Ads will say more about less. More or less.
Last week, I received some email spam from my telephone provider about their new universal cable/phone/internet services. Normally, I would ignore ads, but this piece was a gem.
At the top, as an incentive for reading the rest of the details, it offered "10 tips on finding a job!". Then it went on to talk about how I could get more and better TV channels for just $100/month plus installation.
I don't know which part excited me more: the fact that the phone company has our back and is going to help us find jobs in a tough economy, or the fact that they think that people with no income should be spending $100/month on cable TV. After all, watching TV could be what job seekers are going to be doing more than anything else in the next few months. And what else are they going to do with all that money - eat?
I can picture what happened at the company. Someone in Corporate Marketing had a sudden realization, "Wait! We can't go out with this new ad campaign in a bad job market! What about all of those people out of work that have no money for food and rent, much less entertainment? Shouldn't we wait until more prosperous times, when people have extra money and time to blow on TV?" Then his boss fired him and replaced him with the first person that could spin it into a positive message.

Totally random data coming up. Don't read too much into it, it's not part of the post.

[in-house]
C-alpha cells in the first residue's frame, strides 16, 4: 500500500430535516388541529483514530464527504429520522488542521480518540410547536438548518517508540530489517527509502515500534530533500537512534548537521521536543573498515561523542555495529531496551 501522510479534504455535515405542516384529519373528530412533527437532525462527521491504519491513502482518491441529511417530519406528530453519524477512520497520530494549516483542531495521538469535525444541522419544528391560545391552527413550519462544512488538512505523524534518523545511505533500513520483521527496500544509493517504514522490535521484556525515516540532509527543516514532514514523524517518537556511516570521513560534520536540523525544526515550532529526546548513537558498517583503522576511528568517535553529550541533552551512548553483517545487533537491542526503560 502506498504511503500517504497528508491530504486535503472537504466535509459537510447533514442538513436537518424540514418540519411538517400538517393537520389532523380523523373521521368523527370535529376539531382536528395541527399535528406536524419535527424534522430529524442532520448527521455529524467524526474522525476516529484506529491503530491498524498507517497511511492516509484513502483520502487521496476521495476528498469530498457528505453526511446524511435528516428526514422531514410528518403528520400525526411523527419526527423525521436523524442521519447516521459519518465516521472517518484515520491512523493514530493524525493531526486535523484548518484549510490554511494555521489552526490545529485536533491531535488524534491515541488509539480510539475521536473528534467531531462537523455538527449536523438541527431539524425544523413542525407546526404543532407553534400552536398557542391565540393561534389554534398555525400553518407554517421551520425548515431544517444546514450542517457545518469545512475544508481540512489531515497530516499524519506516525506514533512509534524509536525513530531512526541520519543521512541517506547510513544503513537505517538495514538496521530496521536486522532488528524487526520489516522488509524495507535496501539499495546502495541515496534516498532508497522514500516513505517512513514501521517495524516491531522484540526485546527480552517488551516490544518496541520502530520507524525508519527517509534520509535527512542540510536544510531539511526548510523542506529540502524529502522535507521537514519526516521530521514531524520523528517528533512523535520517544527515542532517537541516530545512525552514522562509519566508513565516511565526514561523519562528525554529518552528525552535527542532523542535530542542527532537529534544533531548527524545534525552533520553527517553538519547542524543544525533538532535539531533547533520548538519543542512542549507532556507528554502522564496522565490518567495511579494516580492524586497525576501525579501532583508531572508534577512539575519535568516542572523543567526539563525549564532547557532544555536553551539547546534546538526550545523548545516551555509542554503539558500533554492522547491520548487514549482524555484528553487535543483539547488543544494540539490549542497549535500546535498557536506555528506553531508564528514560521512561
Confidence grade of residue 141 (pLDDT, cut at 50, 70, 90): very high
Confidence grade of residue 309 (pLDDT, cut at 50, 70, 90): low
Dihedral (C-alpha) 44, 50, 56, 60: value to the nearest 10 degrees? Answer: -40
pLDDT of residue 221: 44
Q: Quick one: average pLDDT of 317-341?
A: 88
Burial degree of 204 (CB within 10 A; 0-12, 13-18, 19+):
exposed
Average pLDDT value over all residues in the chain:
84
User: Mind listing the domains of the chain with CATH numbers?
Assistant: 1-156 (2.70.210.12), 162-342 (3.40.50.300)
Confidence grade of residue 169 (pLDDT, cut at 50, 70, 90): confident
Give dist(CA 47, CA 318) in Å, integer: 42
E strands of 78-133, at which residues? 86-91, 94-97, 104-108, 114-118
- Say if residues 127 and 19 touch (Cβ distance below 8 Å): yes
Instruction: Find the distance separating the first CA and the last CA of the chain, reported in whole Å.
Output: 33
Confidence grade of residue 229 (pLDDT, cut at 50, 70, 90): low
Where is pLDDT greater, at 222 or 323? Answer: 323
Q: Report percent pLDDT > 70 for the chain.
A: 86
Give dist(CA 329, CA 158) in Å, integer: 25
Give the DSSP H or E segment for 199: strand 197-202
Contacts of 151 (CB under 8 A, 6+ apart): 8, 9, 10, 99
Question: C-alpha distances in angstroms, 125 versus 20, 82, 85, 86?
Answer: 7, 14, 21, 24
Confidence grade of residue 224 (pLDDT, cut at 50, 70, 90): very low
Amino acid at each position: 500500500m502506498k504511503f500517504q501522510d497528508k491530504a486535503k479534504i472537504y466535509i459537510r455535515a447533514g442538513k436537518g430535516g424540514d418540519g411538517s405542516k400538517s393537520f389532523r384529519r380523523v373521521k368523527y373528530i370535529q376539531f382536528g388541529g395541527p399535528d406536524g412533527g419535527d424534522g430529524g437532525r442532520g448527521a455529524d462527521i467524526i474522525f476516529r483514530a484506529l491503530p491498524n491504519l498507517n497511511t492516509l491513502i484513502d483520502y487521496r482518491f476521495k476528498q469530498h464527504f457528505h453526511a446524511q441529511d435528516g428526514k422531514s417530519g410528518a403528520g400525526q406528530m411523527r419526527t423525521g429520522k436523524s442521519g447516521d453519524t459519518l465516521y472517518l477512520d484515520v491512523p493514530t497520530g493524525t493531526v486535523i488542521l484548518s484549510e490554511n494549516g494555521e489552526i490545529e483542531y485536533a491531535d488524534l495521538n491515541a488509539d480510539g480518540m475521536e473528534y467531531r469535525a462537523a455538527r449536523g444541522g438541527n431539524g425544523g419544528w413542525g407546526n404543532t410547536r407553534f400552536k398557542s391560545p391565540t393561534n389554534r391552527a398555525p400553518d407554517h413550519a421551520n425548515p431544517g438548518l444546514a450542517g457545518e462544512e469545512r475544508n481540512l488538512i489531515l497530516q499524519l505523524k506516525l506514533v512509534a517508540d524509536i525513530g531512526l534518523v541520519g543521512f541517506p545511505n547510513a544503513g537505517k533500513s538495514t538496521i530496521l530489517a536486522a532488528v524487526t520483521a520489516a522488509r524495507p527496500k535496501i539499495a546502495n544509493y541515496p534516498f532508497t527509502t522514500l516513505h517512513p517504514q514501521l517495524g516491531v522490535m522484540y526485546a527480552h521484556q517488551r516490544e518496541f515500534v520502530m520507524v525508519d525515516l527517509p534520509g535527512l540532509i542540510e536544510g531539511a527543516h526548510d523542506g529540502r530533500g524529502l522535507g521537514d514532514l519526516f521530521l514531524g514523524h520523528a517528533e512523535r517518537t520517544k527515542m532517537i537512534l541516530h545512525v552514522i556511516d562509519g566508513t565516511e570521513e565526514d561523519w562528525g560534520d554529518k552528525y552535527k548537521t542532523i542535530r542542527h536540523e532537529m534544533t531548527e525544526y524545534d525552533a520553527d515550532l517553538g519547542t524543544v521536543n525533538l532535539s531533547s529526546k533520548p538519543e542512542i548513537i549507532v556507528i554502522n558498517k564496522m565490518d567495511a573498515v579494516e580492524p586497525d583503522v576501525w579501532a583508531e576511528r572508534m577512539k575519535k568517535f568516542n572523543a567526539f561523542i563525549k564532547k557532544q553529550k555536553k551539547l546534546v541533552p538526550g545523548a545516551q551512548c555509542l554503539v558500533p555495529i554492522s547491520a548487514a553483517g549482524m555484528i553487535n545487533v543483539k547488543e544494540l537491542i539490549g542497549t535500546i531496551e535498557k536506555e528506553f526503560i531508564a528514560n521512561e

When I am King, I'd like to see a whole new era of ads, where negative situations are encompassed openly and honestly in an overall message about the product. Why should we let tragic situations halt the progress of American advertising and consumer spending? For example:
- Joe's Peanut Butter: "Go nuts - Now, with 10 tips for treating peanut allergies with limited fatality!"
- Joe's Jewelers: "The Second Time's the Charm - Buy one engagement ring and get another for 10% off!"
- Joe's Donuts: Now, with donut holes that have 0% fat and no sugar!
- When I am King...: With several blank pages for those that don't appreciate the humor!